Academic from Shoreham partners babywear brand with anti-child trafficking charity

An academic specialising in anti-trafficking activism, who set up her own luxury babywear firm after becoming a mother, has released her first Autumn collection in collaboration with a national anti-child trafficking charity.

Tuesday, 8th November 2016, 1:52 pm
Updated Wednesday, 16th November 2016, 5:02 pm
Rachael Attwood, managing director of the Great British Baby Company, with three-year-old daughter Camille

Rachael Attwood, 31, managing director of the Great British Baby Company, has created a range of accessories which went on sale on Tuesday from which all profits will be donated to the campaigning organisation ECPAT UK.

Rachael said the partnership was a ‘marriage of interests’ between her research specialism and interest in making clothes.

The lecturer, who works in the history, sociology and criminology department at Westminster University, having studied for ten years at UCL and Oxford University, said: “I’ve always been interested in the history of migration, about the rights of migrants and how foreigners are seen in the UK.”

Making clothes is a tradition that runs in the family, as Rachael’s mother’s side are Welsh wool and cloth manufacturers, while her dad comes from generations of tailors.

She said: “At University I practiced creative patterns, cutting and tailoring.”

It was after she gave birth to her daughter Camille, now three, that Rachael noticed a lack of all-British brands in the luxury childrenswear market and she decided to set up her own company.

She describes her online business, specialising in colourful woollen coats, as a transparent company and said: “We use only British manufacturing – nothing is out sourced, we use ethical labour where workers are paid a living wage and we are responsible about where we source our material.”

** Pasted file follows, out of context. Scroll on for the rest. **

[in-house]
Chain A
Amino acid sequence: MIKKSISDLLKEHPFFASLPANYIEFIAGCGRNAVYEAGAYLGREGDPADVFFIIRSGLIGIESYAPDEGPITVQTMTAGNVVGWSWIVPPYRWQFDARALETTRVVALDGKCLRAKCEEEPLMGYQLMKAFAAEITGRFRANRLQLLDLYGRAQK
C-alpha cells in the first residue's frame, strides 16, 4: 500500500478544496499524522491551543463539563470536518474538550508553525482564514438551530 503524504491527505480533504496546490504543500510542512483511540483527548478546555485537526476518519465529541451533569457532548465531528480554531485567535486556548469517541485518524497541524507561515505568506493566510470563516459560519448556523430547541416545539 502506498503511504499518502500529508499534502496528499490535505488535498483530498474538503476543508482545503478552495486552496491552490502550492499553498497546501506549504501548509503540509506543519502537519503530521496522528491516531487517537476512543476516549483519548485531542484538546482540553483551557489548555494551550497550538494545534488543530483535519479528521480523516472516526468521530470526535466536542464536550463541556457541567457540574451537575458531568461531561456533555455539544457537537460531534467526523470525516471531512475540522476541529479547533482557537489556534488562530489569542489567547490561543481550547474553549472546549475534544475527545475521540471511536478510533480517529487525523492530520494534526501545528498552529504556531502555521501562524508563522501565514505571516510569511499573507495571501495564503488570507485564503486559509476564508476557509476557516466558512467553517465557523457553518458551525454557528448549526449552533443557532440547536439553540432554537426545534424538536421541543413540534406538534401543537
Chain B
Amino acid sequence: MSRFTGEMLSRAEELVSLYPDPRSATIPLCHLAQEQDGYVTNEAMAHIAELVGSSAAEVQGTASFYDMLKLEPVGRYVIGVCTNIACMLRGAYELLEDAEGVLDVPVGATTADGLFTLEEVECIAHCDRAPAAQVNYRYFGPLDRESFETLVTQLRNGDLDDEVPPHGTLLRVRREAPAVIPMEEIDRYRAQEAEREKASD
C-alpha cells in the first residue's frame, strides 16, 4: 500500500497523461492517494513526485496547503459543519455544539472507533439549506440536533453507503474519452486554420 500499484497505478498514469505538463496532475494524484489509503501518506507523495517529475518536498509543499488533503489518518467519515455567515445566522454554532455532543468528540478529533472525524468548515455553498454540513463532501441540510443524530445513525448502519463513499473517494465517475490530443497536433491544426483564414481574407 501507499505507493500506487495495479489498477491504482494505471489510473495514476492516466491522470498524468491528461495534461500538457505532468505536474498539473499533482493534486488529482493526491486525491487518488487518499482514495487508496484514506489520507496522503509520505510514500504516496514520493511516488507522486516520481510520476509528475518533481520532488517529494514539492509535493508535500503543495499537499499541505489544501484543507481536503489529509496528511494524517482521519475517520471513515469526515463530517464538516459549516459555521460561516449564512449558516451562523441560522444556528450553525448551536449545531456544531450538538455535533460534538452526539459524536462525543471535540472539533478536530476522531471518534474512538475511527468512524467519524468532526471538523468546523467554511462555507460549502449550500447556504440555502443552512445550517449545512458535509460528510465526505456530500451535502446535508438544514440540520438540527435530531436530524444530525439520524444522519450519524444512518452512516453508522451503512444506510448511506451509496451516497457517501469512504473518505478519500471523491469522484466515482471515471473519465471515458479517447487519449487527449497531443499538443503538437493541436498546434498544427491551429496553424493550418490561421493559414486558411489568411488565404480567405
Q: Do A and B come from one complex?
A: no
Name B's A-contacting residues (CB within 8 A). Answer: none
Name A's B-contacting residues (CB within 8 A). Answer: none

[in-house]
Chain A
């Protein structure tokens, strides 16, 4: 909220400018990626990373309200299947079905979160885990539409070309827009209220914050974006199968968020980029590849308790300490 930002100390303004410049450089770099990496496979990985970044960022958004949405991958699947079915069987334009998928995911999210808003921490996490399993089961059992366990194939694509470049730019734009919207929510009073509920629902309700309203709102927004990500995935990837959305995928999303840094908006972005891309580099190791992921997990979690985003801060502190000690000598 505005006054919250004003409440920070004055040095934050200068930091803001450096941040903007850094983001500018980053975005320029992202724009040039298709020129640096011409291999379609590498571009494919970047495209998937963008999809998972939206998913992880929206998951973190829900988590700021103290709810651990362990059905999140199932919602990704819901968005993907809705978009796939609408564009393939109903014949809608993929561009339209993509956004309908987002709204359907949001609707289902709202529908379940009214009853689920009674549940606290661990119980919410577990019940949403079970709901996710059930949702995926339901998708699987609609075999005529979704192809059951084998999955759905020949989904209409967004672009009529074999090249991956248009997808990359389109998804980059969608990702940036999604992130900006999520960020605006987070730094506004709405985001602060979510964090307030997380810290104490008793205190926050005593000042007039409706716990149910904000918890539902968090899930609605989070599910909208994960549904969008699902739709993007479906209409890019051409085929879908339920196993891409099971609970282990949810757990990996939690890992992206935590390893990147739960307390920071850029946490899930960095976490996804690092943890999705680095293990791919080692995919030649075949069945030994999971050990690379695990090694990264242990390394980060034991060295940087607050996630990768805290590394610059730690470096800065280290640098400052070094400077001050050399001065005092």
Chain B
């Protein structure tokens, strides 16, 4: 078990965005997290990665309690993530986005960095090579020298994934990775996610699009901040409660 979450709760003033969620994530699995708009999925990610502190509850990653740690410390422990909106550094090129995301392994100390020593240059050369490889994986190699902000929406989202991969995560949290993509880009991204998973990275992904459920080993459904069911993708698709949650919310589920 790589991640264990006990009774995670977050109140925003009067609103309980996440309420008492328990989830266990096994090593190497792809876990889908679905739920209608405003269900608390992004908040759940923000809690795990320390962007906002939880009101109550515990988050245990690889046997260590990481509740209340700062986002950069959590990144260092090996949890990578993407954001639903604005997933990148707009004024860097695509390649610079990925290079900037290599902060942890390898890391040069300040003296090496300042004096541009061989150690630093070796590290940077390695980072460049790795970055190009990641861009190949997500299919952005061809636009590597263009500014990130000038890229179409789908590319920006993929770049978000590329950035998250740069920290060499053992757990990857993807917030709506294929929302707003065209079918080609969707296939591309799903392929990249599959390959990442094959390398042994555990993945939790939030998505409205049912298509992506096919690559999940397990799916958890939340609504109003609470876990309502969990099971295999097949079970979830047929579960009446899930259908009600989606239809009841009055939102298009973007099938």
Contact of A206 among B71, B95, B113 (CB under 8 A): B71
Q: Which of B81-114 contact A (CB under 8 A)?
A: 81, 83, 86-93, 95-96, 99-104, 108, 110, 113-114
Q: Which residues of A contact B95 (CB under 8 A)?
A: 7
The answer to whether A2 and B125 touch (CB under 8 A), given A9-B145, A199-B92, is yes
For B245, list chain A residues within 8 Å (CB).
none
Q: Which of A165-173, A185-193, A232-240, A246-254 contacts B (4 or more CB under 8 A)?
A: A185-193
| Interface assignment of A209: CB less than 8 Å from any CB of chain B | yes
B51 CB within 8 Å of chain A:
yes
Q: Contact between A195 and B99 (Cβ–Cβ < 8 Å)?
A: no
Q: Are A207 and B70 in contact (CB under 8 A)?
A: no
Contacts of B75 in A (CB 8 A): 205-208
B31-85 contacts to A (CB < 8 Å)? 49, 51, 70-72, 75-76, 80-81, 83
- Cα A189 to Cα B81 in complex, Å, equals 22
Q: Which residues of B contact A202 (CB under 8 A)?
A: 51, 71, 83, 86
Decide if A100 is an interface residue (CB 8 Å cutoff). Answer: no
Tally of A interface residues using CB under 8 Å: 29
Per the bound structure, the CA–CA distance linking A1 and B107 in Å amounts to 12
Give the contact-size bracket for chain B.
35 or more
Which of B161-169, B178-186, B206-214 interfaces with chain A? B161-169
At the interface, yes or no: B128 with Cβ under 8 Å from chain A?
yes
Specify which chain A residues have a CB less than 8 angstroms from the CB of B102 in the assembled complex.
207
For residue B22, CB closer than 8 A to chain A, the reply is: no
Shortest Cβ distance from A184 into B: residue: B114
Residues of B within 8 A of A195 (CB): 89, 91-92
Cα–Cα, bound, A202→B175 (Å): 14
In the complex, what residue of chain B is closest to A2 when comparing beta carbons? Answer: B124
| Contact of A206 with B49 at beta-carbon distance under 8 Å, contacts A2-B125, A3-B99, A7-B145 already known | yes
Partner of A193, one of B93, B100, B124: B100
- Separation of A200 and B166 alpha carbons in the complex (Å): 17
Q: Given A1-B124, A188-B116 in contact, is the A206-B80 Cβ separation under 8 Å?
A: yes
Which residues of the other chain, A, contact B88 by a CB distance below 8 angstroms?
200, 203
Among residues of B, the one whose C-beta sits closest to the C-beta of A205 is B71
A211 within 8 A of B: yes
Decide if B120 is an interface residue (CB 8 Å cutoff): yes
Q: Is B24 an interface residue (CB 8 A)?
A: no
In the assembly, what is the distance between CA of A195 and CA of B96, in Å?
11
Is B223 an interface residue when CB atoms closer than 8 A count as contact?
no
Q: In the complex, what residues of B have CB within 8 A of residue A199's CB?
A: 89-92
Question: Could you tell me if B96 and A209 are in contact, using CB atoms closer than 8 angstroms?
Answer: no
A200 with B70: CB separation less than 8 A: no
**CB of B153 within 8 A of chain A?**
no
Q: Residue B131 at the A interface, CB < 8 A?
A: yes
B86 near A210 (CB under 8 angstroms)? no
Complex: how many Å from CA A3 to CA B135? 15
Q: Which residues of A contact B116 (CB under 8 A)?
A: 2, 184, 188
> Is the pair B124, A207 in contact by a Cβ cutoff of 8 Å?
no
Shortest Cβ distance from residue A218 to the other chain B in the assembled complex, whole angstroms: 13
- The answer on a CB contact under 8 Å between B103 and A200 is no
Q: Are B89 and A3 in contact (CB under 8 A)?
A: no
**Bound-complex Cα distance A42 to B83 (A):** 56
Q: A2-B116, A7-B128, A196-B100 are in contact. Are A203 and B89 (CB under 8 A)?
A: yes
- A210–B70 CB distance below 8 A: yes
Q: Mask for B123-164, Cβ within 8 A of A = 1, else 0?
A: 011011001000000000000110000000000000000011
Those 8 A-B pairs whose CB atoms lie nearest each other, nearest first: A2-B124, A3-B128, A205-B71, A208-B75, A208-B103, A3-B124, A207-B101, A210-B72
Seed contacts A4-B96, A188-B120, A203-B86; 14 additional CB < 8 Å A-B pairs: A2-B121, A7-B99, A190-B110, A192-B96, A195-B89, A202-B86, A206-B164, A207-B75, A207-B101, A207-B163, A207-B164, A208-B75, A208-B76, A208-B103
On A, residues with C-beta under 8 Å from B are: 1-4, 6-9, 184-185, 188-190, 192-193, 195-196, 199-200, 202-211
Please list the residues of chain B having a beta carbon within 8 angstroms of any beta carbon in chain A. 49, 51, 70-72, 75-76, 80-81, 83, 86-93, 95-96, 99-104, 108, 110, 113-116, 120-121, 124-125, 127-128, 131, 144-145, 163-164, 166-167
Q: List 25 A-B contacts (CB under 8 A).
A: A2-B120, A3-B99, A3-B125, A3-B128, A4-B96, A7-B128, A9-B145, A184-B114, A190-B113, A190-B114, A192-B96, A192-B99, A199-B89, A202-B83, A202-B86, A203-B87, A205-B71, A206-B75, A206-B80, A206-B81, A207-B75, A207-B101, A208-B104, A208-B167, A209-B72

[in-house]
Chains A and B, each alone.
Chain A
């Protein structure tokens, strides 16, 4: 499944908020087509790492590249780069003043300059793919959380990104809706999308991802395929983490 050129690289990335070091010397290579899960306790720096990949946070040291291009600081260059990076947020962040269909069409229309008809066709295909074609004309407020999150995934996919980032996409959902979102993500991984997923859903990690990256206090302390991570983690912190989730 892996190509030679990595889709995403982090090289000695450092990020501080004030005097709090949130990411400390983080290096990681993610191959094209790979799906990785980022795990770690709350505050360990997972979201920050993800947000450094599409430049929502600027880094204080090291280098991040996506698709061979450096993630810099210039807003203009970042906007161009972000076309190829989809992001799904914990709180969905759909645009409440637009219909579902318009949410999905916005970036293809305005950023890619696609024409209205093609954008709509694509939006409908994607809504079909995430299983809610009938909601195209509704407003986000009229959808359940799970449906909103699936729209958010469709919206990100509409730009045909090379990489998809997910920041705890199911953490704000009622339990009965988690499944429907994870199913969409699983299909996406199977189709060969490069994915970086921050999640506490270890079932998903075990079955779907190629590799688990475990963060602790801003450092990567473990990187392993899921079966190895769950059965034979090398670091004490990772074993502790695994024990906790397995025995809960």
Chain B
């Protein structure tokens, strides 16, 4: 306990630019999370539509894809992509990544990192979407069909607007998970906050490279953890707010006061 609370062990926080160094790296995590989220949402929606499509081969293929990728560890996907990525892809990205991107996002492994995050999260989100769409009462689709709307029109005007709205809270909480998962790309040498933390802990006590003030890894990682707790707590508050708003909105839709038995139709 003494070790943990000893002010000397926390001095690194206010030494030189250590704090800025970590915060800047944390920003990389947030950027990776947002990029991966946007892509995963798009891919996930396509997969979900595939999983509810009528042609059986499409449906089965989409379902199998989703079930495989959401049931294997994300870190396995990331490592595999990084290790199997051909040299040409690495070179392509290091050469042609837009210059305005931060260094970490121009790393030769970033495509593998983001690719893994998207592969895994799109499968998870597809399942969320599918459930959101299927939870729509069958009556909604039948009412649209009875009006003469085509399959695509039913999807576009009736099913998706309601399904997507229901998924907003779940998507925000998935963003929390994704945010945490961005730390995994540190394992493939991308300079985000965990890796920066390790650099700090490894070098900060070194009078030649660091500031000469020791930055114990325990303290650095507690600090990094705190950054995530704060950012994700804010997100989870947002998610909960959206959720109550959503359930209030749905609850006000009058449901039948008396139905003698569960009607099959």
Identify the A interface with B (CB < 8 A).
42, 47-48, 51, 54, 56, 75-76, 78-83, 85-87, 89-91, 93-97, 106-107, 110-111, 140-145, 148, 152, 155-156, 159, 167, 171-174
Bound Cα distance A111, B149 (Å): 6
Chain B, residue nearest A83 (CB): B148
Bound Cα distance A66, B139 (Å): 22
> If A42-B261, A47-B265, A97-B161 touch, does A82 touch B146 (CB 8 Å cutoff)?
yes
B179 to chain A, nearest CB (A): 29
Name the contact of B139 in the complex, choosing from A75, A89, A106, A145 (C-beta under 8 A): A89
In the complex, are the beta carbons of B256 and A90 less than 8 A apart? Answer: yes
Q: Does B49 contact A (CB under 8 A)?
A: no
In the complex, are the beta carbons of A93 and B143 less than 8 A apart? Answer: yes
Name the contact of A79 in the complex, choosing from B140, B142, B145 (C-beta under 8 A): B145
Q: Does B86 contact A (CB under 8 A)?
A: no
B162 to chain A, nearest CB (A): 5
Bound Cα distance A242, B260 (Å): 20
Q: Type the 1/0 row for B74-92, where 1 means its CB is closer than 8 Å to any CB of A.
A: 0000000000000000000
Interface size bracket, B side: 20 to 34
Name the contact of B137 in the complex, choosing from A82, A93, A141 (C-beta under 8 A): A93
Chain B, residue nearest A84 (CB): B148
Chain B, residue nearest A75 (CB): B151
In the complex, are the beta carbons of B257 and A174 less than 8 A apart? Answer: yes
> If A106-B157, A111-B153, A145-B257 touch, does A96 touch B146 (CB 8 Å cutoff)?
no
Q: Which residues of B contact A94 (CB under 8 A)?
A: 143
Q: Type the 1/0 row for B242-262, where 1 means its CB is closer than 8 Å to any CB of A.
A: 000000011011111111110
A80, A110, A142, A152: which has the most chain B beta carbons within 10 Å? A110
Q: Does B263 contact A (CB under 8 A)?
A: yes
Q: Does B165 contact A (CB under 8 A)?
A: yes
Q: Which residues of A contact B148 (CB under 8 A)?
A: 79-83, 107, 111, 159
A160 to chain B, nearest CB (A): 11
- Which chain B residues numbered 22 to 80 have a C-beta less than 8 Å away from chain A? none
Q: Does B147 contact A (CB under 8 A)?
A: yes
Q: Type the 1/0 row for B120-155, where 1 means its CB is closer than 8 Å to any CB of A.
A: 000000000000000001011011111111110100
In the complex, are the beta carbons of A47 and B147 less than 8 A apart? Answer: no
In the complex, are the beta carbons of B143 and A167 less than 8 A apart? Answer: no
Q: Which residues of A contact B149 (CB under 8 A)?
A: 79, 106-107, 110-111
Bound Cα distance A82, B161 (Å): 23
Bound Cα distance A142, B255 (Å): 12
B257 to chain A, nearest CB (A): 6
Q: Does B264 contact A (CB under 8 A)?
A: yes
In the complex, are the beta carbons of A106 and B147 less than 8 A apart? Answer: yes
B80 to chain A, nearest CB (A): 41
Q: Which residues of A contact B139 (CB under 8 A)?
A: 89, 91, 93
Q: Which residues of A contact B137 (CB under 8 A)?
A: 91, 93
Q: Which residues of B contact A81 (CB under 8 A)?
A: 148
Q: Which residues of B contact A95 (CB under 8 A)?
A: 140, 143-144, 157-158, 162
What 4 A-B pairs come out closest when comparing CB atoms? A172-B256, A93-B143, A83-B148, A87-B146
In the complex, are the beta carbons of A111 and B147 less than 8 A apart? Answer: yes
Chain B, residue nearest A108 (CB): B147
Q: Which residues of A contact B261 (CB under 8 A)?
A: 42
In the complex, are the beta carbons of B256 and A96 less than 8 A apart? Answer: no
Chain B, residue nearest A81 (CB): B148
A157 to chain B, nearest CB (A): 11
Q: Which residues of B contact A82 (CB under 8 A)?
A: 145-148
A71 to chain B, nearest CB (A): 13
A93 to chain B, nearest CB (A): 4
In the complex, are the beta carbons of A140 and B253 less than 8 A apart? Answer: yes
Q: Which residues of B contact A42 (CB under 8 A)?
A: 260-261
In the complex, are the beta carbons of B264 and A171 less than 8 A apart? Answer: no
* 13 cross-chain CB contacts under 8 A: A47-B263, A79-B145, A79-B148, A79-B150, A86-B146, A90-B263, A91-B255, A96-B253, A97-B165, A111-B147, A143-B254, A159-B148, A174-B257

Having lived in Shoreham for most of her life, Rachael describes the company as very much a Sussex brand, and hopes to base future photo shoots for the company on Shoreham beach and by Shoreham fort.

She said the relationship with ECPAT UK was a ‘practical way to help’, adding: “I believe passionately that action needs to be taken to help vulnerable children.”

She hopes the partnership will raise awareness of child trafficking, of which she said: “It’s not happening elsewhere, it’s happening on our doorstep – it’s a UK issue too.”

Bharti Patel, chief executive of ECPAT UK, said: “We are extremely grateful for the support of The Great British Baby Company in the fight against child trafficking.

“This partnership, and their contribution, will help ECPAT UK take one step closer to realising our vision of a world where every child is free from trafficking and sexual exploitation.”

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